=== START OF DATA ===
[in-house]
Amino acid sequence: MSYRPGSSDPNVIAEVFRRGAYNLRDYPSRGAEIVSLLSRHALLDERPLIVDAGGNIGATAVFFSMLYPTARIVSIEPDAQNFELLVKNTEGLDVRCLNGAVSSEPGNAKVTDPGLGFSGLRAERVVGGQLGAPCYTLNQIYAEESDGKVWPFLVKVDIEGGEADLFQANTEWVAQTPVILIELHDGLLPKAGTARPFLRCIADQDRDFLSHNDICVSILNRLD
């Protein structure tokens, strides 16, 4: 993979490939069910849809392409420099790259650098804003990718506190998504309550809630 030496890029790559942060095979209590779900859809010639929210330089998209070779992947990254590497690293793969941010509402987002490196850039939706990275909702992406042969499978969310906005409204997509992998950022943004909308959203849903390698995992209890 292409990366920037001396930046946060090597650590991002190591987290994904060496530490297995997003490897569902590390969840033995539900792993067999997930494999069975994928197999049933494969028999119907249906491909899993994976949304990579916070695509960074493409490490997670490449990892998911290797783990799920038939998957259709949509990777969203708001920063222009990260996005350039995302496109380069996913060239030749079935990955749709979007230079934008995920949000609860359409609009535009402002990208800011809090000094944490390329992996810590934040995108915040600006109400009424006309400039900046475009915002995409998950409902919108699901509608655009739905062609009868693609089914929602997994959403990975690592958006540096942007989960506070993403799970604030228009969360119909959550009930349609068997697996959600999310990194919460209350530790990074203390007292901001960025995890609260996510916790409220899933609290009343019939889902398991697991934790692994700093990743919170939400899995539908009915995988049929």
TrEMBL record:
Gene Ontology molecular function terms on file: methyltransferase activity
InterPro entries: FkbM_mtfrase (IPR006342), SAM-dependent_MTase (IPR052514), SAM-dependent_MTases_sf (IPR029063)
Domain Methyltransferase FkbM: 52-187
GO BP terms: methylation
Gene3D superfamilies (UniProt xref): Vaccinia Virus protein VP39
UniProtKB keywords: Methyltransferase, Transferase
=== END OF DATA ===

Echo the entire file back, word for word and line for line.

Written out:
[in-house]
Amino acid sequence: MSYRPGSSDPNVIAEVFRRGAYNLRDYPSRGAEIVSLLSRHALLDERPLIVDAGGNIGATAVFFSMLYPTARIVSIEPDAQNFELLVKNTEGLDVRCLNGAVSSEPGNAKVTDPGLGFSGLRAERVVGGQLGAPCYTLNQIYAEESDGKVWPFLVKVDIEGGEADLFQANTEWVAQTPVILIELHDGLLPKAGTARPFLRCIADQDRDFLSHNDICVSILNRLD
């Protein structure tokens, strides 16, 4: 993979490939069910849809392409420099790259650098804003990718506190998504309550809630 030496890029790559942060095979209590779900859809010639929210330089998209070779992947990254590497690293793969941010509402987002490196850039939706990275909702992406042969499978969310906005409204997509992998950022943004909308959203849903390698995992209890 292409990366920037001396930046946060090597650590991002190591987290994904060496530490297995997003490897569902590390969840033995539900792993067999997930494999069975994928197999049933494969028999119907249906491909899993994976949304990579916070695509960074493409490490997670490449990892998911290797783990799920038939998957259709949509990777969203708001920063222009990260996005350039995302496109380069996913060239030749079935990955749709979007230079934008995920949000609860359409609009535009402002990208800011809090000094944490390329992996810590934040995108915040600006109400009424006309400039900046475009915002995409998950409902919108699901509608655009739905062609009868693609089914929602997994959403990975690592958006540096942007989960506070993403799970604030228009969360119909959550009930349609068997697996959600999310990194919460209350530790990074203390007292901001960025995890609260996510916790409220899933609290009343019939889902398991697991934790692994700093990743919170939400899995539908009915995988049929």
TrEMBL record:
Gene Ontology molecular function terms on file: methyltransferase activity
InterPro entries: FkbM_mtfrase (IPR006342), SAM-dependent_MTase (IPR052514), SAM-dependent_MTases_sf (IPR029063)
Domain Methyltransferase FkbM: 52-187
GO BP terms: methylation
Gene3D superfamilies (UniProt xref): Vaccinia Virus protein VP39
UniProtKB keywords: Methyltransferase, Transferase